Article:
Tuesday, October 24, 2006

I can see you!

My apologies for not posting anything for awhile but I’ve had some personal issues that I needed to take care of . So….. enough of that I’m back now and hope to contribute on a regular basis.

Let me seeee… We left off with the wonderful world of Spatial and me ranting about ESRI. I want to continue with the Spatial stuff but I wanted to share with you guys a more intriguing (at least in my opinion) turn of events. Even though this is totally out of my job description, in my shop we have to do what it takes to get the job done even if that means doing *shutter* development work.

We recently had a complaint from one of our customers that in certain parts of a country that his equipment couldn’t send or receive a satellite signal due to terrain obstacles and he would like to be able to see on the webmap those areas that are “blacked out” so he can avoid them. Well, since we’re all about keeping the customer happy I was tasked to “Make it happen”.

The first step in the process is getting the elevation data of the desired location, once you have the elevation, you find out which satellite your equipment is using. Once you know the satellite, you find out what the Lat/Log and height (location and distance above the earth) of it is.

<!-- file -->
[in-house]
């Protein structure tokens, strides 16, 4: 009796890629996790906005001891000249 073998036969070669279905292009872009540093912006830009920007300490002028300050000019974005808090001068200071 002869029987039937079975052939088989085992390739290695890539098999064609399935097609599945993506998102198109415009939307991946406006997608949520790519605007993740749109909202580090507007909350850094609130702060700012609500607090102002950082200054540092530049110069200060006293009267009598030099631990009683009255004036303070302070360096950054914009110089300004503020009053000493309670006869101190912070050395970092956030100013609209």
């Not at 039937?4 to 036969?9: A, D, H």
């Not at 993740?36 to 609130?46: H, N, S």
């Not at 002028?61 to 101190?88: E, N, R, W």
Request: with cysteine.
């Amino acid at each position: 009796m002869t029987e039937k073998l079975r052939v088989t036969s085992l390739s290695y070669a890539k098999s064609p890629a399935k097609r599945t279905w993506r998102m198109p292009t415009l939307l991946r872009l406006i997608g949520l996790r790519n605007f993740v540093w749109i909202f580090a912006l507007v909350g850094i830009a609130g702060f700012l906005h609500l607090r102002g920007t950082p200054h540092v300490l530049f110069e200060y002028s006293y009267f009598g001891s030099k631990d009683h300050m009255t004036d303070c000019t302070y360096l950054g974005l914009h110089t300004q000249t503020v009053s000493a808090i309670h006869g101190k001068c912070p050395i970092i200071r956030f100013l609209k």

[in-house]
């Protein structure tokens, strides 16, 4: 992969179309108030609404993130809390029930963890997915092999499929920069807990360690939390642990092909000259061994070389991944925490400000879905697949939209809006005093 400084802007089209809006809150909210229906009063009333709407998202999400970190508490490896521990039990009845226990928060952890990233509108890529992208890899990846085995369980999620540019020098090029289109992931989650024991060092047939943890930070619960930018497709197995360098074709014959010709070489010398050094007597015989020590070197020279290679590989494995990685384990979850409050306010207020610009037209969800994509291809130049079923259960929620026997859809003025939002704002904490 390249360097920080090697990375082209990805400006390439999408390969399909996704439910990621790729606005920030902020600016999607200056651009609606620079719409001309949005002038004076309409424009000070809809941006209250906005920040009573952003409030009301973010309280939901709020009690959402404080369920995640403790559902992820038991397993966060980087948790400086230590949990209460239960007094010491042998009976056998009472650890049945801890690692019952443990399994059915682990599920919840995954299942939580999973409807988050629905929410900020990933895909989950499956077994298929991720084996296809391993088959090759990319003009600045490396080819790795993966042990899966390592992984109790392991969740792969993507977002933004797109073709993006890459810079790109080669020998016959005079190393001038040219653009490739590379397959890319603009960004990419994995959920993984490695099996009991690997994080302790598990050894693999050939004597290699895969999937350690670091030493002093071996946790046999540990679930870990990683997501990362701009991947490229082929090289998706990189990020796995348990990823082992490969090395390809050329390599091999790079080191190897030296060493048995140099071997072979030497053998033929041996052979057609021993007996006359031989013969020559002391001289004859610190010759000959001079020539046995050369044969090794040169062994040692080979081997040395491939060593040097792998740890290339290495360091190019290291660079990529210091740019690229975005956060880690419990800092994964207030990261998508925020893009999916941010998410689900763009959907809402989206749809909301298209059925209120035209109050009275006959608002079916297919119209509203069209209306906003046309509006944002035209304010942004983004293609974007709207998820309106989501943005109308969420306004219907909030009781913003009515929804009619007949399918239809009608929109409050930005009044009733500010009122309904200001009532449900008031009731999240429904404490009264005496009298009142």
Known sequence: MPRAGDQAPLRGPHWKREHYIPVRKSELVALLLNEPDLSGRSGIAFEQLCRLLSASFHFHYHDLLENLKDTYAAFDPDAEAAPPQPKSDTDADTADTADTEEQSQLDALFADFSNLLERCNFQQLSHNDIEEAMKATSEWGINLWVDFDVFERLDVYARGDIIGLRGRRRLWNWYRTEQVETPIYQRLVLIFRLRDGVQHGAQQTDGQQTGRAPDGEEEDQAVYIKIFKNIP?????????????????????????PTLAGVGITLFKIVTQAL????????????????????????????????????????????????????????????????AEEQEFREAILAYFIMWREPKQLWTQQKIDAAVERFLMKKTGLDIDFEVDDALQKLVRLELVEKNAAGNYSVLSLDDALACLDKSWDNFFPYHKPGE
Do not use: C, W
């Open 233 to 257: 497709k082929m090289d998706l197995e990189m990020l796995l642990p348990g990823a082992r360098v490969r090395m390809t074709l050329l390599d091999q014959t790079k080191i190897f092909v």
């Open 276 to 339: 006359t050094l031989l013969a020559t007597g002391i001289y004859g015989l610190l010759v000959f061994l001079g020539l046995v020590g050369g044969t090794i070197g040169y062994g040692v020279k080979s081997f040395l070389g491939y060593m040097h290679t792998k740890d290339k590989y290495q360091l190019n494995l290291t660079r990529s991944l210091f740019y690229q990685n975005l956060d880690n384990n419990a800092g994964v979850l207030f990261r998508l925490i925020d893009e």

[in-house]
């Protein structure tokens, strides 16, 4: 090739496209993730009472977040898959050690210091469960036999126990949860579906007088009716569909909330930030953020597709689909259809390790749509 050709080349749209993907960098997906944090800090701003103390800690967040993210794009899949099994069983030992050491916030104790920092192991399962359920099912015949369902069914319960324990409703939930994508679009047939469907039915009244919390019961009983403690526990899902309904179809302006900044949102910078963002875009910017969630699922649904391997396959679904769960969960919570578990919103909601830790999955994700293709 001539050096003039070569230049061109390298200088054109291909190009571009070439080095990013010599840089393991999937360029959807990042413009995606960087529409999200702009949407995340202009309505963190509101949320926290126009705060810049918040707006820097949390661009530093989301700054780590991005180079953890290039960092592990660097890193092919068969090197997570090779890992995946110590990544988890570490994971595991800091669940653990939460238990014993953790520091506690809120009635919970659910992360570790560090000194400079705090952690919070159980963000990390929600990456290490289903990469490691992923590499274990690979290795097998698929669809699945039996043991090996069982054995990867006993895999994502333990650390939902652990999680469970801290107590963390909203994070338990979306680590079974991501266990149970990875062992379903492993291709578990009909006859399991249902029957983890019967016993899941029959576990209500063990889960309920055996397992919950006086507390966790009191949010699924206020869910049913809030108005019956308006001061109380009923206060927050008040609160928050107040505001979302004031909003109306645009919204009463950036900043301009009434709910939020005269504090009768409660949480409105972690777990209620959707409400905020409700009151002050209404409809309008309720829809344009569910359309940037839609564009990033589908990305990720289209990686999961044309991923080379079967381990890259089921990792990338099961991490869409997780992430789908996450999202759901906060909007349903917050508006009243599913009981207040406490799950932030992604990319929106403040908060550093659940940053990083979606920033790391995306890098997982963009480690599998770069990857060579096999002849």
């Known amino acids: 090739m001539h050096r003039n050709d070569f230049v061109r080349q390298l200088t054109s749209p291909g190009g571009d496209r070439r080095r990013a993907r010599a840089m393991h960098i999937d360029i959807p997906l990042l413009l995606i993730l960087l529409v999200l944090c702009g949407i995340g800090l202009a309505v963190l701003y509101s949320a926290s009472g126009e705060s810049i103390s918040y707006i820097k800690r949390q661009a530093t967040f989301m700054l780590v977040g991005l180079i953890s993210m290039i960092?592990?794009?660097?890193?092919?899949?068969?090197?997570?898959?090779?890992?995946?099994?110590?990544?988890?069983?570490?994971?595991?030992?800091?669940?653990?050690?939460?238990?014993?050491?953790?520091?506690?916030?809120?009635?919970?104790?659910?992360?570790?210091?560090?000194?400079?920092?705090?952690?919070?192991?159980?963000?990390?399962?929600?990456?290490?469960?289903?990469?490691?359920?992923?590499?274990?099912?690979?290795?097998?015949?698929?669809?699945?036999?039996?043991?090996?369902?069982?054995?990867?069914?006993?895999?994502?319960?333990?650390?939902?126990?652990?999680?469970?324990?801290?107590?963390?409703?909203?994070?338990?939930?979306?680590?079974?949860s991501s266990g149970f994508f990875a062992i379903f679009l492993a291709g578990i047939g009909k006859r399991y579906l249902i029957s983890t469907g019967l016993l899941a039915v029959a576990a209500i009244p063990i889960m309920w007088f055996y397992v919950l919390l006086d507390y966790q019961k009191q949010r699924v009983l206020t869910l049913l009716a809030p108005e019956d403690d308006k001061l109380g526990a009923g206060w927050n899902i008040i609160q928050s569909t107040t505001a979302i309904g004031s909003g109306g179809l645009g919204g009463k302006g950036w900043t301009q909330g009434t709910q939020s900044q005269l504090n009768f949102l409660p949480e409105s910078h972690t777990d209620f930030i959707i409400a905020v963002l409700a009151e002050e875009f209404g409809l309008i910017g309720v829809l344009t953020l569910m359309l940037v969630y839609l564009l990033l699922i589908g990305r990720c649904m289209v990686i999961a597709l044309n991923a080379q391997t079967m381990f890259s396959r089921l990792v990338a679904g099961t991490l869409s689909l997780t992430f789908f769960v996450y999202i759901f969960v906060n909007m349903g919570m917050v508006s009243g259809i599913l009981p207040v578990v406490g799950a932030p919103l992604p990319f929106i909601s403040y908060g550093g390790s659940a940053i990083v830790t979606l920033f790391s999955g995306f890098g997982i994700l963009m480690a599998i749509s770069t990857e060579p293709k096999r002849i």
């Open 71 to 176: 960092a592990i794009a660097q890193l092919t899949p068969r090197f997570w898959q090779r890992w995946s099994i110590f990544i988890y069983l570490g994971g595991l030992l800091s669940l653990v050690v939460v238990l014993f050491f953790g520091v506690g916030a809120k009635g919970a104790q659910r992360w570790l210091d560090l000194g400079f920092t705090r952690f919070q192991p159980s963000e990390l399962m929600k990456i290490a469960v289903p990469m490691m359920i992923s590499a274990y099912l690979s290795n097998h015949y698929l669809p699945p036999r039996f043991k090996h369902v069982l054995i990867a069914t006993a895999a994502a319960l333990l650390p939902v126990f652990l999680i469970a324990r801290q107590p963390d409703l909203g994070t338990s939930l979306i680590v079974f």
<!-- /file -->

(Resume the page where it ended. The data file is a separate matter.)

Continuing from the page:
When we have all that information we start piecing the puzzle together. We have to create physical objects in the database like a shape file (our satellite) and a Raster image ( our map) and input all the data that we gathered up (elevation, lat/log, height) once all the values are given we use a tool to calculate the black out areas. The example above, I’ve used an observation tower as an example. The red areas are not visible from the observers view but the green areas are. Get it?

This website gives you in real time all satellite names, and locations using a nice little java thingy. http://science.nasa.gov/RealTime/JTrack/3D/JTrack3D.html

1 comment:

Joel Garry said...

Now I understand why java folk think they are the heavenly hosts. Very cool.